Of course it’s not funny when it’s happening but looking back, I tried to have a plan. I thought I needed everything in place before starting and that only stunted my growth. I came up with a fancy business plan and program that wasn’t market tested, therefore I “wasted” lots of time, money and energy. I also got a fancy logo and website which I don’t use because I pivoted my business. The lesson I learned from that is to “date before you marry,” when it comes to business plans. Test things out before you commit to an LLC or paying for a logo design. Test out if your target audience understands that they need what you have to offer, if not, figure out a plan on how to educate first before putting a lot of time, money and energy into a program that when you launch, no one will buy.
Is there a particular book, podcast, or film that made a significant impact on you? Can you share a story or explain why it resonated with you so much?
Wow, there are too many great ones to list but the catalyst that started me on this journey, and a book that I’ve read multiple times since is, “You Are A Badass At Making Money” by Jen Sincero. This was the first book I read that made me think differently about money and providing value. We’re all so focused on how to make money but forget that money is just a byproduct of creating value. The more you focus on the value you provide to the world, the more money you will receive. I like to listen to this book on Audible at least twice a year, if not once a quarter, because it A. reminds me of where I started and B. keeps me focused on providing value vs. how to make money. Also, I love Jen’s writing style, it’s very down to earth and funny!
Can you please give us your favorite “Life Lesson Quote”? Can you share how that was relevant to you in your life?
“The only reason you have the desire to be realistic is because you have yet to meet people with goals and a vision as big as yours.”
This was recently said to me by my Business & Life Coach, Elyse Conroy. When she told me this, it was such an ah-ha moment because it gave me permission to be even more of myself. The more I am myself, the more my business grows and the more opportunities become available for me. I’ve struggled with the word realistic for a long time. I had this internal struggle that I have these big, huge dreams for a reason but also, can I do that? Am I good enough, smart enough, etc.? Most of the people around me just didn’t get me so when I’d share about my big plans, their own lack of belief or scarcity would be projected onto me, but once I realized that it was okay that those people didn’t understand me and my big visions, I just need to surround myself with the people who have just as big visions, because we rise together.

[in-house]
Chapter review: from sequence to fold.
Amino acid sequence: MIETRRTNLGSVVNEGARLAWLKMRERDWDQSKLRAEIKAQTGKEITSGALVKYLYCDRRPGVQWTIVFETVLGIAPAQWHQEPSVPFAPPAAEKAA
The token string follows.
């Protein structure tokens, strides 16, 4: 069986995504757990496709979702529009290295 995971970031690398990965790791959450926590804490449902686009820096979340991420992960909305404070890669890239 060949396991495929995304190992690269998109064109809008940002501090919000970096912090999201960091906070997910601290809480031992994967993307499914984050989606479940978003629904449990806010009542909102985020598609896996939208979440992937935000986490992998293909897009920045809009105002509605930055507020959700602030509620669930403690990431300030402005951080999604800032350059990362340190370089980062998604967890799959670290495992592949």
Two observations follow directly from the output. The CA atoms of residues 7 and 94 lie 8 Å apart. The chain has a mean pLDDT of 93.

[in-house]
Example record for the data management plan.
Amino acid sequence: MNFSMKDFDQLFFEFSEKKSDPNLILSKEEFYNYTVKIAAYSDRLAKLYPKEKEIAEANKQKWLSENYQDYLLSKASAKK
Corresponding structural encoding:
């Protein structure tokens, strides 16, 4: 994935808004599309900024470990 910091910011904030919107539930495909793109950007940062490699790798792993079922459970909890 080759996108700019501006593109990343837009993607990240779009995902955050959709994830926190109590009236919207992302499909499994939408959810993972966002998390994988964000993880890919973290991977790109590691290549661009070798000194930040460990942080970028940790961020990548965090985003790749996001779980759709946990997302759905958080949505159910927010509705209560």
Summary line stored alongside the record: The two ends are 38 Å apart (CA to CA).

Ok, thank you for that. Let’s now jump to the primary focus of our interview. For the benefit of our readers, let’s define our terms. How do you define a Lifestyle Brand? How is a Lifestyle Brand different from a normal, typical brand?
A lifestyle brand is a brand that elevates your experience; they exist to show you what’s possible. A normal, typical brand sells you products, a lifestyle brand sells you on a feeling.
What are the benefits of creating a lifestyle brand?
When you create a lifestyle brand, you share with your audience an entire full-sensory experience, very detailed and specific, on how they can conduct their life. When you paint a very specific picture, you take the complexity out for your customer where they can envision themselves using your product. You also give them pointers on how to use the product and why it’ll make them feel a certain way. You’re teaching your customers that they will be in a special, perhaps elite, club by using your product, which then you’re able to demand a higher price, all based on the aesthetic experience.